The largest strike in the public sector's two year industrial battle is set to disrupt the Easter travel plans of thousands of travellers across Australia.
The first round of industrial action will begin on Monday when staff at Medicare, Centrelink, the Tax Office, Defence, the Bureau of Meteorology, the Department of Prime Minister and Cabinet and the Bureau of Statistics, will strike for 24 hours.
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Strikes set to affect Easter travel
A large public sector strike will affect Easter travel, along with access to other government services. Courtesy ABC News 24
Immigration, Border Protection and Agriculture workers will then walk off the job at international airports for 24-hours on Thursday March 24 - the day before Good Friday.
A campaign of rolling airport stoppages for several weeks over the Easter school holidays and beyond will escalate the action.
The Australian Public Service's main workplace union, the CPSU, acknowledged the strikes would have "some impact" on contacting Medicare and Centrelink and for travellers at international airports.
Union leader Nadine Flood advised passengers to allow extra time when departing and arriving for flights and to contact the airline to find out who will be affected.
"That's unfortunate, but two years into this dispute, these workers still face an attack on their family-friendly rights and other conditions of work," she said.
"The extent of this mess is underlined by the fact that after two years more than eight out of 10 people working in the public sector still don't have a new agreement."
The strikes, which were announced nearly three weeks ago, aim to pressure Prime Minister Malcolm Turnbull and Employment Minister Michaelia Cash, who also runs the Public Service portfolio, to end the wage dispute with much of the 152,000 public servants.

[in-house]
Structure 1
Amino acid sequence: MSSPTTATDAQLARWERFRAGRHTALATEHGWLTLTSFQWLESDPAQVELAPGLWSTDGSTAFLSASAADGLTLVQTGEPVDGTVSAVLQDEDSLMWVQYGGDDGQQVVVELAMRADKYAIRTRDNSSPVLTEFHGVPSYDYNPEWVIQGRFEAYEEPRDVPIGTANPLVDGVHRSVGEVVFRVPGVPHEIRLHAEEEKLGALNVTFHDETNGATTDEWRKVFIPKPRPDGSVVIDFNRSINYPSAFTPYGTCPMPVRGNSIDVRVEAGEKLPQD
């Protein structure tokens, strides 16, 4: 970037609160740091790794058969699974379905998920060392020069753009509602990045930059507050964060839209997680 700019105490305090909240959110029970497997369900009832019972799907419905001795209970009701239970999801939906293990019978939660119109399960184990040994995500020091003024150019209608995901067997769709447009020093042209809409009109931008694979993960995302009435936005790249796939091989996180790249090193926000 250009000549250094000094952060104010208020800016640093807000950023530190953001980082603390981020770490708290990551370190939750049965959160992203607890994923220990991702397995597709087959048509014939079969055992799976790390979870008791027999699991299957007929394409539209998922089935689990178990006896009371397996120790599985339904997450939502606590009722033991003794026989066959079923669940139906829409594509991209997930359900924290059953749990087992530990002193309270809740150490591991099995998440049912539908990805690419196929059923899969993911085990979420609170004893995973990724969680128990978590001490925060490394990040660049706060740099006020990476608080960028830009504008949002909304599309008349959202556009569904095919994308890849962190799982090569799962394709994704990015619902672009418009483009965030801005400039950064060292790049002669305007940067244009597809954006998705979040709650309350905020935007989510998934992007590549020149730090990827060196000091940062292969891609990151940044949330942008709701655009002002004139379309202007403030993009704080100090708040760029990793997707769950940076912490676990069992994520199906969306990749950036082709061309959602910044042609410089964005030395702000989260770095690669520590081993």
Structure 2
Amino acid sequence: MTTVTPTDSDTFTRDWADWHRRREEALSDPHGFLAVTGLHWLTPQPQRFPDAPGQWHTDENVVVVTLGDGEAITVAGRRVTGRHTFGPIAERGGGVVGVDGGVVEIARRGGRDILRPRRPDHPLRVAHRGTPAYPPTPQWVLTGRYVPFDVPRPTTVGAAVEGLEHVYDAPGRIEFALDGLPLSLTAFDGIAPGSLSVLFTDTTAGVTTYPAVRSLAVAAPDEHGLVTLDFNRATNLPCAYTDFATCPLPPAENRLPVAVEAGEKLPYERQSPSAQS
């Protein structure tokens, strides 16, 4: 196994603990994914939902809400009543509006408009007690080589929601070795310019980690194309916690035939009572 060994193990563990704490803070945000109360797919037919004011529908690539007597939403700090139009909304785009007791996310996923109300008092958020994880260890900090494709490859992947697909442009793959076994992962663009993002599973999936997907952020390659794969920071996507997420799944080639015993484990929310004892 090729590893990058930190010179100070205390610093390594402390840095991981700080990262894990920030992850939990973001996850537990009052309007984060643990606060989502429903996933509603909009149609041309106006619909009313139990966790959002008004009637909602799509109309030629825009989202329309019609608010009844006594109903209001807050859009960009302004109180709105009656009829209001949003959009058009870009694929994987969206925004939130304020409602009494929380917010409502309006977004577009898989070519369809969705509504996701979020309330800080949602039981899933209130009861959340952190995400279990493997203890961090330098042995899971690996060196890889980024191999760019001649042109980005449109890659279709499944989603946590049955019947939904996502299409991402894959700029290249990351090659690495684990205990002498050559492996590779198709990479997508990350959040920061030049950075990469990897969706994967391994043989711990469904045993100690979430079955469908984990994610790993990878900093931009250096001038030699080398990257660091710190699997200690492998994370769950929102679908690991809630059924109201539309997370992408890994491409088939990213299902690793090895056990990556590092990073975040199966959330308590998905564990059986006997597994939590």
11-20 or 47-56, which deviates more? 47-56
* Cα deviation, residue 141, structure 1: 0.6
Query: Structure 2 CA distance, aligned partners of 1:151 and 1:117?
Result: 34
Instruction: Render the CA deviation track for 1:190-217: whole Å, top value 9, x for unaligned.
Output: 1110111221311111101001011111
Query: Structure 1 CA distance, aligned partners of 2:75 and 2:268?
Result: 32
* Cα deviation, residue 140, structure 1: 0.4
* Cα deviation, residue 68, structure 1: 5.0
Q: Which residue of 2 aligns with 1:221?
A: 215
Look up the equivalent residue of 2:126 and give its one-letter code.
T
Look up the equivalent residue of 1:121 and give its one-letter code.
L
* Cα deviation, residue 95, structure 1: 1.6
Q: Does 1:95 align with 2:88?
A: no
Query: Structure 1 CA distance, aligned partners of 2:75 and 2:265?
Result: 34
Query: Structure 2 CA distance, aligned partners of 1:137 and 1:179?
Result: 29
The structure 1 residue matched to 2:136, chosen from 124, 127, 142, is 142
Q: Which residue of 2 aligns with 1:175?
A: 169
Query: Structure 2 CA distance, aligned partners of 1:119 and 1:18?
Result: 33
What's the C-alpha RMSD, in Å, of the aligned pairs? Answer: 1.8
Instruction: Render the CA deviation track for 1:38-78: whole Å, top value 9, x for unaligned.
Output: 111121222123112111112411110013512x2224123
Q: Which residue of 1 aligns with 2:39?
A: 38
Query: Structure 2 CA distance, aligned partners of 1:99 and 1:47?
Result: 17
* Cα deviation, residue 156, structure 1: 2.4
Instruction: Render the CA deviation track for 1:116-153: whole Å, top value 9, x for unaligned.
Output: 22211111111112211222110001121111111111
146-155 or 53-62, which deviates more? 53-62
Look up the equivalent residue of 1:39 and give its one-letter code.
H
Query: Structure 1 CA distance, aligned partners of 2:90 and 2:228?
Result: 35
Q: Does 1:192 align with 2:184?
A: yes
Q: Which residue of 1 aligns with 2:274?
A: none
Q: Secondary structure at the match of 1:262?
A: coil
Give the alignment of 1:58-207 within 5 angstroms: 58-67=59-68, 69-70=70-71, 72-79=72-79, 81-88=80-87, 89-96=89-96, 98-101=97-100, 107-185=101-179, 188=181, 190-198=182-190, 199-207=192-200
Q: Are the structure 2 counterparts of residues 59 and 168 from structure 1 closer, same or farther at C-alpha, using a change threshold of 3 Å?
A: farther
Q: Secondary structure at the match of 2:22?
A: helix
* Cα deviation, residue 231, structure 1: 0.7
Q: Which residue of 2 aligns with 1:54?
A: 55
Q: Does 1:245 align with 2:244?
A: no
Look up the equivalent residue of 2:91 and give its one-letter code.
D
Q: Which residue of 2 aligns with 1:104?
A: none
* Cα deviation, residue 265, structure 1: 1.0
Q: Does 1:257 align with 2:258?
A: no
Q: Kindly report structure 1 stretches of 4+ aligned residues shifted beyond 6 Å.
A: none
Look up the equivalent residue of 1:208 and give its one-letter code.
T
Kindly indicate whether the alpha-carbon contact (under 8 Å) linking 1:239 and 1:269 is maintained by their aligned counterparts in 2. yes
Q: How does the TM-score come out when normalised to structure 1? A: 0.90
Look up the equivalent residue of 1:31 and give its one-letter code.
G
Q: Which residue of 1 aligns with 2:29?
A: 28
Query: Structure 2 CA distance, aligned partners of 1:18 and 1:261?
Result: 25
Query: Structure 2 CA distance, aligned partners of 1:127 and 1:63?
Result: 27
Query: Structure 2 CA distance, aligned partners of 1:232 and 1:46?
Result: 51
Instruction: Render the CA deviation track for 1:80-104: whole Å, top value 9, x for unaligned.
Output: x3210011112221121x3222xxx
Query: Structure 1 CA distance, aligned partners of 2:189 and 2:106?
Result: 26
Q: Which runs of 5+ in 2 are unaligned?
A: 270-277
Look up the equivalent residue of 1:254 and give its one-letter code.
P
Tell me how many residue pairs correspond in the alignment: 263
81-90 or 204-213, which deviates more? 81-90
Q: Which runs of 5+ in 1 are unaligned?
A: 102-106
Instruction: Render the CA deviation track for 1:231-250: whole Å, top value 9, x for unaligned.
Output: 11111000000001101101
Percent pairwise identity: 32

Ms Flood said the action was confirmed after the Prime Minister "ignored... requests for urgent talks to fix his Government's bargaining mess."
"Domestic Violence leave has been removed from some agreements like in the Prime Minister's Department," she said.
"We've also seen government refusing agencies permission to add domestic violence leave or any other improvements to agreements in dozens of agencies."
She stressed that repeated strike action is tough on families, particularly after a two-year wage freeze.
A spokesperson from Senator Cash said it was unfortunate that the CPSU had resorted to strike action.
"This can cause harm to the public and involves a loss of pay for employees," they said.
"Instead of resorting to industrial action the CPSU would better serve the interests of their members if they were to genuinely negotiate in good faith."
Earlier this month, Senator Cash also condemned the upcoming strikes as "unfortunate, ill-conceived" and "counterproductive".
Work stoppages were held by ABF and Immigration staff in September at airports in Sydney, Brisbane, Perth, Adelaide, Darwin, Cairns, and the Gold Coast.
There were reports of significant delays at Sydney, Perth and Cairns airports as managers from the department were rushed into uniform and into frontline roles in what was dubbed a "surge deployment". More actions in November resulted in airport operators calling for the parties to settle their differences.
In the latest string of rejected bargaining proposals that have been rumbling on since 2014, Agriculture Department staff voted no for the third time - an occurrence thought to be unprecedented in the history of the APS - while Immigration Department and Border Force workers overwhelmingly rejected the second proposed agreement.
These followed no-votes at the Tax Office, Human Services and a narrow rejection of a deal at Defence. Staff at Prime Minister and Cabinet also voted down an enterprise agreement last month.